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I had agreed to take my terminally ill Auntie abroad which was booked before I was given the interview date. I have explained this to my employer but they say they can't change the date for me.

Do I have any rights?

closed as off-topic by Lilienthal, gnat, paparazzo, Chris E, panoptical Apr 1 '16 at 18:06

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  • "Questions seeking advice on company-specific regulations, agreements, or policies should be directed to your manager or HR department. Questions that address only a specific company or position are of limited use to future visitors. Questions seeking legal advice should be directed to legal professionals. For more information, click here." – gnat, paparazzo, Chris E, panoptical
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    questions about rights require you specify the country. Also is this your employer or a potential employer? – mhoran_psprep Apr 1 '16 at 14:17
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    An interview is a two way street. They just failed. Find another company. – Richard U Apr 1 '16 at 14:28
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    This question is confusing. You are asking about interviewing, but then also discuss the company as if you already work for them. Please clarify: Are you going for an interview (perhaps for a transfer or promotion) within the company you already work for? Or is this an interview with a company you don't work for (yet)? Also, as @mhoran_psprep said, to discuss rights, you need to say where you are ... although you're then getting into legal territory, which is generally off topic here. For more about that, see workplace.stackexchange.com/tour and workplace.stackexchange.com/help. – GreenMatt Apr 1 '16 at 14:34
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If you've already explained your situation to them, and they still can't or won't be flexible, then you're out of luck. You don't really have any "rights" when it comes to interviewing, they can choose whether or not they want to be flexible, they don't "owe" you anything as you're not employed. So no, you don't have any rights, and it's probably best to just forget this job, or find a way to have someone watch over your Aunt while you interview.

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Short answer is NO. But again if your potential employer is so inflexible for things like that, .i.e. healthcare needs of your loved ones, do you really want to work for an outfit like that. Ask that question to yourself.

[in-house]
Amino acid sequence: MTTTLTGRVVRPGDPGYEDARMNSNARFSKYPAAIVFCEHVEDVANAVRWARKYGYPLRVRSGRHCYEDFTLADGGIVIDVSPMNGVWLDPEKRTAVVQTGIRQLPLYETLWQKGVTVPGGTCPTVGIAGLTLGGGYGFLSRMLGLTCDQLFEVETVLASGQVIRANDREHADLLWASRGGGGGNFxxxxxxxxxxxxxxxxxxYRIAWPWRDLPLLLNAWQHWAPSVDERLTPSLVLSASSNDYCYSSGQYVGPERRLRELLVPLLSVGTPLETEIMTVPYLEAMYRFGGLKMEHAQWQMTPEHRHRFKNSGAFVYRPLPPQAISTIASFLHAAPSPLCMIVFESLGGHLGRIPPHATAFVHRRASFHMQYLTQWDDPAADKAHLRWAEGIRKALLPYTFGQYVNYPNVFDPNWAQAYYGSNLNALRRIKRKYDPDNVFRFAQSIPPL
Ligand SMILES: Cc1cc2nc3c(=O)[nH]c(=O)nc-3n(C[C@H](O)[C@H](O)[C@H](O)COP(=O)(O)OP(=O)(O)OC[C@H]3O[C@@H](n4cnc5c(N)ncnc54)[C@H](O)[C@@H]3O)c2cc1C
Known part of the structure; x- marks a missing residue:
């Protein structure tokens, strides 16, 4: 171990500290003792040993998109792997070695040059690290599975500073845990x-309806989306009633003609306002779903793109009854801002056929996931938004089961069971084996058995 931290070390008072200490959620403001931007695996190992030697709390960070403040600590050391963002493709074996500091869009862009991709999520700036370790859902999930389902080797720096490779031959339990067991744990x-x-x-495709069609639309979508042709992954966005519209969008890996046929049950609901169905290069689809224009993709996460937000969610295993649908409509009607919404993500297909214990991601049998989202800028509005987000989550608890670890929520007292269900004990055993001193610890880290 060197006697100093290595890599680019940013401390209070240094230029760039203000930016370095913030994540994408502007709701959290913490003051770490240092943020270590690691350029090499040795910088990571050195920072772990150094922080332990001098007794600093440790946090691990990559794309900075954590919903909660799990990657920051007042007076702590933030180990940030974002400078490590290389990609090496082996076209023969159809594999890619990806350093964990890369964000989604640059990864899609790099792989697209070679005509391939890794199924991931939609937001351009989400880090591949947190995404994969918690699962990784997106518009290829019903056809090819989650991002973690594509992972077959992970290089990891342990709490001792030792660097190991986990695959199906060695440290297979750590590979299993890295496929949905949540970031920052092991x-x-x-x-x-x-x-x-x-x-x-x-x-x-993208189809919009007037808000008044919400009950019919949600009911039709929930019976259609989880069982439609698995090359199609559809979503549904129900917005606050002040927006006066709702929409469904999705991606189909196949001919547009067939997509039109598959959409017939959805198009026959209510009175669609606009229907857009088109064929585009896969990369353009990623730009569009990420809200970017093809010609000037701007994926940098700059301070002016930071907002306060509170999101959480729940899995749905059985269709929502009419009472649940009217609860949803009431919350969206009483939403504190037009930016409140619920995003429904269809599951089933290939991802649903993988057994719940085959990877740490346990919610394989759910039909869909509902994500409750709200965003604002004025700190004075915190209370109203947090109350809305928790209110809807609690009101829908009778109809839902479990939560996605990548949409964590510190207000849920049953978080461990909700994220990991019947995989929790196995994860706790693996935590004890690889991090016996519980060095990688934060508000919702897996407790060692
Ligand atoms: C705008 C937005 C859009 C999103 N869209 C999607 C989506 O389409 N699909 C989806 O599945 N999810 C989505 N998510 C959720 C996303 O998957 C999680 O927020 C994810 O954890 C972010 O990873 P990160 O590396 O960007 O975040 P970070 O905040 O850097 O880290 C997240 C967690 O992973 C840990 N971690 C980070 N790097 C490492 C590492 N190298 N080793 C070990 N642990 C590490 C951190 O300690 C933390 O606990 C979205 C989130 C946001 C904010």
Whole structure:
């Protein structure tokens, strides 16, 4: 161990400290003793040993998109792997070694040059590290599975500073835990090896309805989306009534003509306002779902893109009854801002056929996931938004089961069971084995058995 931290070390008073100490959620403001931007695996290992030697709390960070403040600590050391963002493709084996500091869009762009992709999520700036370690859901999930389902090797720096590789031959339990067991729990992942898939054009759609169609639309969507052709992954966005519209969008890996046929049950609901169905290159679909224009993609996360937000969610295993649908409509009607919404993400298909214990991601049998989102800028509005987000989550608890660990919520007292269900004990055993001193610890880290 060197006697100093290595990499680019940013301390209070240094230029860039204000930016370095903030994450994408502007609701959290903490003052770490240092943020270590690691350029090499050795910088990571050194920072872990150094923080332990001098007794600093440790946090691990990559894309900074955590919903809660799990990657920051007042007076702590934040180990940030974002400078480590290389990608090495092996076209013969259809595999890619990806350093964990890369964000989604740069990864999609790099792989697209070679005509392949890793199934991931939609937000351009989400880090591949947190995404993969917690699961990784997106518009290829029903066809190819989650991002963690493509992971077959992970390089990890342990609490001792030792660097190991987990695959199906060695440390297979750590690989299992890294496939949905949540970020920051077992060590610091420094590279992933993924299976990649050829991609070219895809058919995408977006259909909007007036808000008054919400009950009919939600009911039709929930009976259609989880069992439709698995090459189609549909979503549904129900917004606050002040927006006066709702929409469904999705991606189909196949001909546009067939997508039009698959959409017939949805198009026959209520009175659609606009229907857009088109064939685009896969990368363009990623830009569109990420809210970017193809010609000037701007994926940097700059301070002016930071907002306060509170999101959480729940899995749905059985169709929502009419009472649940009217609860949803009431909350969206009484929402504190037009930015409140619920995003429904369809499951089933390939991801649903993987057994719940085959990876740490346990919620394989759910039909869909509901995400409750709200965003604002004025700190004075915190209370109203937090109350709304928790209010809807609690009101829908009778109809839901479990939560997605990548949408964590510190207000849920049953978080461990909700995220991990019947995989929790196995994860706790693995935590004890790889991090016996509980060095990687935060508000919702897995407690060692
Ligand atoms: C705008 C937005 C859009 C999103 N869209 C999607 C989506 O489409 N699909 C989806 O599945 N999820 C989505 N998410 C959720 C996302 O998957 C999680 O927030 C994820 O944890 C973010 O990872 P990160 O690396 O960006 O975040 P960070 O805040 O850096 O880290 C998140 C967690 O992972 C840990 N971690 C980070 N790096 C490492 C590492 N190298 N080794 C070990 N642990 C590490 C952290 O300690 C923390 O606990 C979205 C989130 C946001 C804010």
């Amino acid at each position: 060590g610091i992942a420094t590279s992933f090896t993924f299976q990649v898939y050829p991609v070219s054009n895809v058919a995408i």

As someone from outside the company, you have no rights whatsoever. Even after you are hired, yo do not have many rights other than discrimination cases against any protected class, but that is about it for the United States. Since you did not state where you are from, it might be different for you.

  • As an employee in the USA, if the ill relative were a son, daughter, or parent the Family Medical Leave Act would give some rights. – Patricia Shanahan Apr 1 '16 at 14:08
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    @PatriciaShanahan: How does the FMLA give rights to someone who is not yet employed by the company in question? – GreenMatt Apr 1 '16 at 14:28
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    @GreenMatt I was responding to "Even after you are hired". – Patricia Shanahan Apr 1 '16 at 15:24
  • @PatriciaShanahan: Fair enough, although I don't think the FMLA guarantees the change of an internal interview to fit the time off you take under it. – GreenMatt Apr 1 '16 at 16:21
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Apply all the normal throw clearings of "I'm not an attorney" and "this is not legal advice" ...

I can't imagine there's a jurisdiction in the world that can or should extend "rights" to a candidate as to when an interview is to be held. If they were really interested in you, or your skills were particularly hard to find, they would be more accommodating out of necessity.

Consider yourself lucky. Not many companies advertise that they are going to be inflexible right from the outset.

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